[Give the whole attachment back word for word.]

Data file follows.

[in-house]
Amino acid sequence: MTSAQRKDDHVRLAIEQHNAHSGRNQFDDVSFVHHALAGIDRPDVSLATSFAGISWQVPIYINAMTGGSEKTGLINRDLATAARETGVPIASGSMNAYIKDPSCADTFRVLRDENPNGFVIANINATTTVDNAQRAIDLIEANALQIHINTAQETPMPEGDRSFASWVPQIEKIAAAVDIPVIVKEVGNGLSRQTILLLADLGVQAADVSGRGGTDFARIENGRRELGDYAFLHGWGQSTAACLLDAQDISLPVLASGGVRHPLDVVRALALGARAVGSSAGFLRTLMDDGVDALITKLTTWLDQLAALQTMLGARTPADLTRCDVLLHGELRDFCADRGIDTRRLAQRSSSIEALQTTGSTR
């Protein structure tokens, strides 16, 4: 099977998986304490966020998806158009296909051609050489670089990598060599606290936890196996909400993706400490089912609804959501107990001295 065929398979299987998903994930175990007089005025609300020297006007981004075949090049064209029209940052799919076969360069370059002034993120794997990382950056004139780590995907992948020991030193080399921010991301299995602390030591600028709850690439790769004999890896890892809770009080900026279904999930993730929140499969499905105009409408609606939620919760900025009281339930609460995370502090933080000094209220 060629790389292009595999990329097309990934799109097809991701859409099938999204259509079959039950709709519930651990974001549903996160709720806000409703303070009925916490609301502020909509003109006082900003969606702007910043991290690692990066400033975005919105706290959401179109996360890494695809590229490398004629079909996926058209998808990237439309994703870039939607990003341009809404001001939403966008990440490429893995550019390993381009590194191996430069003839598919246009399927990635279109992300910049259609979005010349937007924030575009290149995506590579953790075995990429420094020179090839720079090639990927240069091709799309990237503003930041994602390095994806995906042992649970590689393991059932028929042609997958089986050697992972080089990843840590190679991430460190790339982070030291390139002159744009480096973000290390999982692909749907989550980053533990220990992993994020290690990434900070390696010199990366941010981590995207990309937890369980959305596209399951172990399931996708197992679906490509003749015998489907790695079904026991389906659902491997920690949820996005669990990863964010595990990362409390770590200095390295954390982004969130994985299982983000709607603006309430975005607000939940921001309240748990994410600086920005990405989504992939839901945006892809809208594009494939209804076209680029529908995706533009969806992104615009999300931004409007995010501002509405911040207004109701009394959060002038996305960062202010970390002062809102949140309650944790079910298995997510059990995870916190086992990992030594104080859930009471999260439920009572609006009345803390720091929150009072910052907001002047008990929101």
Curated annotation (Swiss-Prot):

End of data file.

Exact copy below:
[in-house]
Amino acid sequence: MTSAQRKDDHVRLAIEQHNAHSGRNQFDDVSFVHHALAGIDRPDVSLATSFAGISWQVPIYINAMTGGSEKTGLINRDLATAARETGVPIASGSMNAYIKDPSCADTFRVLRDENPNGFVIANINATTTVDNAQRAIDLIEANALQIHINTAQETPMPEGDRSFASWVPQIEKIAAAVDIPVIVKEVGNGLSRQTILLLADLGVQAADVSGRGGTDFARIENGRRELGDYAFLHGWGQSTAACLLDAQDISLPVLASGGVRHPLDVVRALALGARAVGSSAGFLRTLMDDGVDALITKLTTWLDQLAALQTMLGARTPADLTRCDVLLHGELRDFCADRGIDTRRLAQRSSSIEALQTTGSTR
């Protein structure tokens, strides 16, 4: 099977998986304490966020998806158009296909051609050489670089990598060599606290936890196996909400993706400490089912609804959501107990001295 065929398979299987998903994930175990007089005025609300020297006007981004075949090049064209029209940052799919076969360069370059002034993120794997990382950056004139780590995907992948020991030193080399921010991301299995602390030591600028709850690439790769004999890896890892809770009080900026279904999930993730929140499969499905105009409408609606939620919760900025009281339930609460995370502090933080000094209220 060629790389292009595999990329097309990934799109097809991701859409099938999204259509079959039950709709519930651990974001549903996160709720806000409703303070009925916490609301502020909509003109006082900003969606702007910043991290690692990066400033975005919105706290959401179109996360890494695809590229490398004629079909996926058209998808990237439309994703870039939607990003341009809404001001939403966008990440490429893995550019390993381009590194191996430069003839598919246009399927990635279109992300910049259609979005010349937007924030575009290149995506590579953790075995990429420094020179090839720079090639990927240069091709799309990237503003930041994602390095994806995906042992649970590689393991059932028929042609997958089986050697992972080089990843840590190679991430460190790339982070030291390139002159744009480096973000290390999982692909749907989550980053533990220990992993994020290690990434900070390696010199990366941010981590995207990309937890369980959305596209399951172990399931996708197992679906490509003749015998489907790695079904026991389906659902491997920690949820996005669990990863964010595990990362409390770590200095390295954390982004969130994985299982983000709607603006309430975005607000939940921001309240748990994410600086920005990405989504992939839901945006892809809208594009494939209804076209680029529908995706533009969806992104615009999300931004409007995010501002509405911040207004109701009394959060002038996305960062202010970390002062809102949140309650944790079910298995997510059990995870916190086992990992030594104080859930009471999260439920009572609006009345803390720091929150009072910052907001002047008990929101």
Curated annotation (Swiss-Prot):